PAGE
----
Farming communities attending rewards (in-kind and social recognition) handover ceremony for successful conservation of rare quinoa varieties. Huataquita, Cabanillas District, San Román Province, Puno Region, Peru. Credit: Adam G. Drucker/Bioversity International
A community-based approach to the management of agricultural biodiversity, including supporting community seedbanks, can empower and benefit smallholder farmers and farming communities economically, environmentally and socially. This approach makes implementing farmers’ rights at national level both practical and effective contributing to food and seed security, sustainable livelihoods and resilience.
Two new briefs show how this approach makes implementing farmers’ rights at national level both practical and effective contributing to food and seed security, sustainable livelihoods and resilience.
• Realizing farmers’ rights through community-based agricultural biodiversity management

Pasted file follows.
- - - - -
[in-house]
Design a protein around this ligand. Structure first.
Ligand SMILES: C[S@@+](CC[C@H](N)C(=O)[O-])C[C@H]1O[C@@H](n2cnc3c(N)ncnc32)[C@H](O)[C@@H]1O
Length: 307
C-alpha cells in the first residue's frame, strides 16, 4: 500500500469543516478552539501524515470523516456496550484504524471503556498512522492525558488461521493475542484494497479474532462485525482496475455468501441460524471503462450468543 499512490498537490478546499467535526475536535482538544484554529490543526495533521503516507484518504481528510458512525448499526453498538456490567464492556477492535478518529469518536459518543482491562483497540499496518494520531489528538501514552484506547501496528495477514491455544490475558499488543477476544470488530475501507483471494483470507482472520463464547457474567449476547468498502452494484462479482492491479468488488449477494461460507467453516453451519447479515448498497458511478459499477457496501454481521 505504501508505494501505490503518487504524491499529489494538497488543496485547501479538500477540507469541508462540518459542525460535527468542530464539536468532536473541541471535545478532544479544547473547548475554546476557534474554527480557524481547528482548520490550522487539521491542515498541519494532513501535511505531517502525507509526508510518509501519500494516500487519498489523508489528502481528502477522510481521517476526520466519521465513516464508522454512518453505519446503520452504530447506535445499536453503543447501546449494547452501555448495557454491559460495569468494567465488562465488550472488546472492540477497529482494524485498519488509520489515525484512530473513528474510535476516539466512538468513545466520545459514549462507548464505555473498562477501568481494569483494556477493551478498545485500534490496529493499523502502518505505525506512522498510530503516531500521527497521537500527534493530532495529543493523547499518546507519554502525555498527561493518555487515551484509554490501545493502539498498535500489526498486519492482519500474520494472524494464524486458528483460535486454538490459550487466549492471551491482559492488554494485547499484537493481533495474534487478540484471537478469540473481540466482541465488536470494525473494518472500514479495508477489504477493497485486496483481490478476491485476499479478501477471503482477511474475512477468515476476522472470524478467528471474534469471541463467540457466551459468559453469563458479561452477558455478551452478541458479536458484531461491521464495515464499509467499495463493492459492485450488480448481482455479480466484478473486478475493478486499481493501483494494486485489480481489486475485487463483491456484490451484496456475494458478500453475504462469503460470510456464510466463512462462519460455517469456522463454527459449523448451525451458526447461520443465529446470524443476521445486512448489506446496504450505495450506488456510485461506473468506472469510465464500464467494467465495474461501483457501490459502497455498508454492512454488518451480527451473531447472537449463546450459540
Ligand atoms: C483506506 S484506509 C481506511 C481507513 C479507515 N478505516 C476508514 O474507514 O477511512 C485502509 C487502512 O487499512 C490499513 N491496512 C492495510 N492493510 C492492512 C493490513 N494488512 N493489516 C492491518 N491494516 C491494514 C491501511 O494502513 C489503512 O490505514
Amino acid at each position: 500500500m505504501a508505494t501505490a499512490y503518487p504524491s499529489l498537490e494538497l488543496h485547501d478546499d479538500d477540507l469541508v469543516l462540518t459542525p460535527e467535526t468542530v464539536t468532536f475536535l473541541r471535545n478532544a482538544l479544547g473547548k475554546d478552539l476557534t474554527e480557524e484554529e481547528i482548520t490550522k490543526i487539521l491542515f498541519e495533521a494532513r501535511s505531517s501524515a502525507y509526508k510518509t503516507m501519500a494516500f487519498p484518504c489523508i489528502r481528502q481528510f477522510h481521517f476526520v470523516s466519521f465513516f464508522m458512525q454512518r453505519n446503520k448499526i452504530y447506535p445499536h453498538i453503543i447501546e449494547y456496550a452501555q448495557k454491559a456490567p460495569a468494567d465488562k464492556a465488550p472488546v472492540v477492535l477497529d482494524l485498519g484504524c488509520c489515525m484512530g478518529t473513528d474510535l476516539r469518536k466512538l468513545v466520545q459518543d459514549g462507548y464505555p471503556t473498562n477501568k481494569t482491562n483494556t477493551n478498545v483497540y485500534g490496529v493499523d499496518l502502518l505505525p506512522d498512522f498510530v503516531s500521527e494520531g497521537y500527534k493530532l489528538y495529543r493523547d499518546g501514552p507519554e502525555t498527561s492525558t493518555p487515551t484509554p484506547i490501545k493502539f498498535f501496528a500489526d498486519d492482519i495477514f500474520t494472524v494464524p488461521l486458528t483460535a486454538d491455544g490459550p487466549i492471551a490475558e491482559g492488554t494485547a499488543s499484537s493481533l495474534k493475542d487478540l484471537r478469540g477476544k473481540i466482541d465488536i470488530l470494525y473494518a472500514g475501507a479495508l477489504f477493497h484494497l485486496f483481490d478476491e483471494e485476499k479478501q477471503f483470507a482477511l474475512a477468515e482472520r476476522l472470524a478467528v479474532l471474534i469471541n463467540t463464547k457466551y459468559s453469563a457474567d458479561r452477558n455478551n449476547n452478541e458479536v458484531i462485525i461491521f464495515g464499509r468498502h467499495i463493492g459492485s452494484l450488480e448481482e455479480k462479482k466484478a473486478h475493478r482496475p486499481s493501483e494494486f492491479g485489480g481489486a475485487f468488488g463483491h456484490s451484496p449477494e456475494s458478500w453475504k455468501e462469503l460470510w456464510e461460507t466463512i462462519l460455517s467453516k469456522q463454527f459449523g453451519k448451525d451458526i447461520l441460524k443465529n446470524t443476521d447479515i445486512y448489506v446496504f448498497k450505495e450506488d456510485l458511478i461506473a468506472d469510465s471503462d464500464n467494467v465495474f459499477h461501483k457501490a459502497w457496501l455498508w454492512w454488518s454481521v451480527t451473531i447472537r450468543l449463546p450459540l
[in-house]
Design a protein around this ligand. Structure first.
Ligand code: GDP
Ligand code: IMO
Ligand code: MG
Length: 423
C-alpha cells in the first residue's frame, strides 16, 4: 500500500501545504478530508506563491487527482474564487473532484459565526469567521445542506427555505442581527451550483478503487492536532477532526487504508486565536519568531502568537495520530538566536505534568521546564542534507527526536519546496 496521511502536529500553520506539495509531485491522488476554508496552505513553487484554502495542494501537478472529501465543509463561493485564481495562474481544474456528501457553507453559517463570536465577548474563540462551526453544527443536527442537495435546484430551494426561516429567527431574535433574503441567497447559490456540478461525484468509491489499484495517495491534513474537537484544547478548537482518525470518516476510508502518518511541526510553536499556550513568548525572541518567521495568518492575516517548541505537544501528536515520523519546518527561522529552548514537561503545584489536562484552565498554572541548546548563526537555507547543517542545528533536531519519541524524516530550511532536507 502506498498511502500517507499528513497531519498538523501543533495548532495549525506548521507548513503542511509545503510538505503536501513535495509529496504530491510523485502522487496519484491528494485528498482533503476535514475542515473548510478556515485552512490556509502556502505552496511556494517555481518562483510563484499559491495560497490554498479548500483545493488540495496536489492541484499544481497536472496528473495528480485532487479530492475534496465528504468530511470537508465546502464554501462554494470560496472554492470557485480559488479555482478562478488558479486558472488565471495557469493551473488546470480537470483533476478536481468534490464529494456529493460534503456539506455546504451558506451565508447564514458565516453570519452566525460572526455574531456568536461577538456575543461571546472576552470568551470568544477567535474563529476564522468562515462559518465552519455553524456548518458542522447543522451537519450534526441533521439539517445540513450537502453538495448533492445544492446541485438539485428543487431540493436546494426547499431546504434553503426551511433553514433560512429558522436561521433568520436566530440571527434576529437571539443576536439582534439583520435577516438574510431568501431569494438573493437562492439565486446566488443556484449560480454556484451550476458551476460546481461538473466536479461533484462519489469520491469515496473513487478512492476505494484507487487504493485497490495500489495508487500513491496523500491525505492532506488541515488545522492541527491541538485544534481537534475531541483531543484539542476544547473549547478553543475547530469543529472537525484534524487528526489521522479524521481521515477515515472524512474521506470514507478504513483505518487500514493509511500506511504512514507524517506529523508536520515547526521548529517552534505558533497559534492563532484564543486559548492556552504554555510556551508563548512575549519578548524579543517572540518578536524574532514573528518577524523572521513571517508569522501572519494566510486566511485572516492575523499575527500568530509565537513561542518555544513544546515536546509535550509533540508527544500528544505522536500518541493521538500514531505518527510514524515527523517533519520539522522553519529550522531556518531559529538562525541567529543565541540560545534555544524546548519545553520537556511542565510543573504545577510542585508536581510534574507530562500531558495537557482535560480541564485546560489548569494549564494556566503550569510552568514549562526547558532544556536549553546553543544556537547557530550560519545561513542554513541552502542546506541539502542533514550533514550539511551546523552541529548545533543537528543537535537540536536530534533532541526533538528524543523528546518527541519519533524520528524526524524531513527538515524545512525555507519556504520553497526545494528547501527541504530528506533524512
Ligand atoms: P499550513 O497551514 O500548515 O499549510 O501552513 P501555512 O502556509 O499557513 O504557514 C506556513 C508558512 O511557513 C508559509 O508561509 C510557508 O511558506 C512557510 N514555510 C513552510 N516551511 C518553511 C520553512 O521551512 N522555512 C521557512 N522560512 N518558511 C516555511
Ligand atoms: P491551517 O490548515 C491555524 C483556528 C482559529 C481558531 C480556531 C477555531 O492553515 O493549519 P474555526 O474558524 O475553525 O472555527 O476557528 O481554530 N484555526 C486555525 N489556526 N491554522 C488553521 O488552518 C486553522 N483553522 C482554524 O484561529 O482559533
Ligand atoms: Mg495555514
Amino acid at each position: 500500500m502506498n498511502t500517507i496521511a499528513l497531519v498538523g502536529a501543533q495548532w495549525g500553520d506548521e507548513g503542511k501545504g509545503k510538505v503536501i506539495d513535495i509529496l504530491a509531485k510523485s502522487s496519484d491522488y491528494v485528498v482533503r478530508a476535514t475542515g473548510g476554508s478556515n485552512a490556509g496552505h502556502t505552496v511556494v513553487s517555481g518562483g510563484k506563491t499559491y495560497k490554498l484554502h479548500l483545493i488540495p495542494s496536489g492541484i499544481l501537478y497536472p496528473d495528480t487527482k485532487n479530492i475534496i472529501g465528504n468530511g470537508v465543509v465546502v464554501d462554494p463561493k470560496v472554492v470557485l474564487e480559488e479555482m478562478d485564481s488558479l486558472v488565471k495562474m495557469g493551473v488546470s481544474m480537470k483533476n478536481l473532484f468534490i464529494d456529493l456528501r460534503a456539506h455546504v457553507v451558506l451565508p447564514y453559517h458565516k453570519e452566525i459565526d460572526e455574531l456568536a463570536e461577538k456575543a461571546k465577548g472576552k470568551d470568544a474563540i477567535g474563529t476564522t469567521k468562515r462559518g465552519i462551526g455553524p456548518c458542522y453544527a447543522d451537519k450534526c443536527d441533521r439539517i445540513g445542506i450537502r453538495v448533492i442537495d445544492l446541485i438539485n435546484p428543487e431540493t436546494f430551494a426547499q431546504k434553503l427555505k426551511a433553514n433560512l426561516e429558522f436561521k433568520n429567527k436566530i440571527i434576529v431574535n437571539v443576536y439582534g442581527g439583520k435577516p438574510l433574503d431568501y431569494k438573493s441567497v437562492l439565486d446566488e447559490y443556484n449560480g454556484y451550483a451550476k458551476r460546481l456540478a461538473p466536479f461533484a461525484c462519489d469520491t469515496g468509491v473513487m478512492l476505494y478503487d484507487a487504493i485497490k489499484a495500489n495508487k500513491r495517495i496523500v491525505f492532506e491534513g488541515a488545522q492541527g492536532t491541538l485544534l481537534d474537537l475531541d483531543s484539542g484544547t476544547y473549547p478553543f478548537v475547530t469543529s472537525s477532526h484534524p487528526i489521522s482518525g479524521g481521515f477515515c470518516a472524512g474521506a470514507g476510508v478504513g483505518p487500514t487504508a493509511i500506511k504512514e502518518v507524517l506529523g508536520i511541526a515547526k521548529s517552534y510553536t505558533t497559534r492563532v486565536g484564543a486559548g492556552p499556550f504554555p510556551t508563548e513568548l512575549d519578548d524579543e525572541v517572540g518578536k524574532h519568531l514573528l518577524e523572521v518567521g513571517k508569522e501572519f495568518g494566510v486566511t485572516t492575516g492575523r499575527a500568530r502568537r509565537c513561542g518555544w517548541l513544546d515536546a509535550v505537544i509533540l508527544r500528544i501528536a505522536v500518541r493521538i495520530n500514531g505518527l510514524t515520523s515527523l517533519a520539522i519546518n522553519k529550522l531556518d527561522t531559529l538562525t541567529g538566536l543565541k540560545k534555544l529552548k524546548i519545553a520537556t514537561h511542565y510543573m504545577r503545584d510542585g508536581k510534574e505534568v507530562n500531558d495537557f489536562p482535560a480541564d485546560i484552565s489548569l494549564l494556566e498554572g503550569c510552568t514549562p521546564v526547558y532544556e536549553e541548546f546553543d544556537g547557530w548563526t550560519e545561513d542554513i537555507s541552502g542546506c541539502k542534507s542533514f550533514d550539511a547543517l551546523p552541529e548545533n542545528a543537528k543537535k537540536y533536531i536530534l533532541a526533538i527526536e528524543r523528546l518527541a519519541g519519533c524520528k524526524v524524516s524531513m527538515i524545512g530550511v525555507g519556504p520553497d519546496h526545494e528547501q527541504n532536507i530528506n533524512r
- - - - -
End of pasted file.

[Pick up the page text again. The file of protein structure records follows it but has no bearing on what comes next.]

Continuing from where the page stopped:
• Supporting community seedbanks to realize farmers’ rights
These briefs have been submitted to the 2016 Global Consultation on Farmers Right, held in Bali, Indonesia, 27-30 September 2016.
Read more about this work.
Ximena Cadima, from Fundación PROINPA, Bolivia presenting her work on defining and identifying farmers who are good producers of native and traditional seed varieties and putting into place incentives for these farmers to continue operating at the Farmers Rights Consultation. Credit: R. Vernooy/Bioversity International.
Ronnie Vernooy presenting on “Community seed banks around the world – preconditions for their success” at the Farmers Rights Consultation. Credit: Pitambar Shrestha/LI-BIRD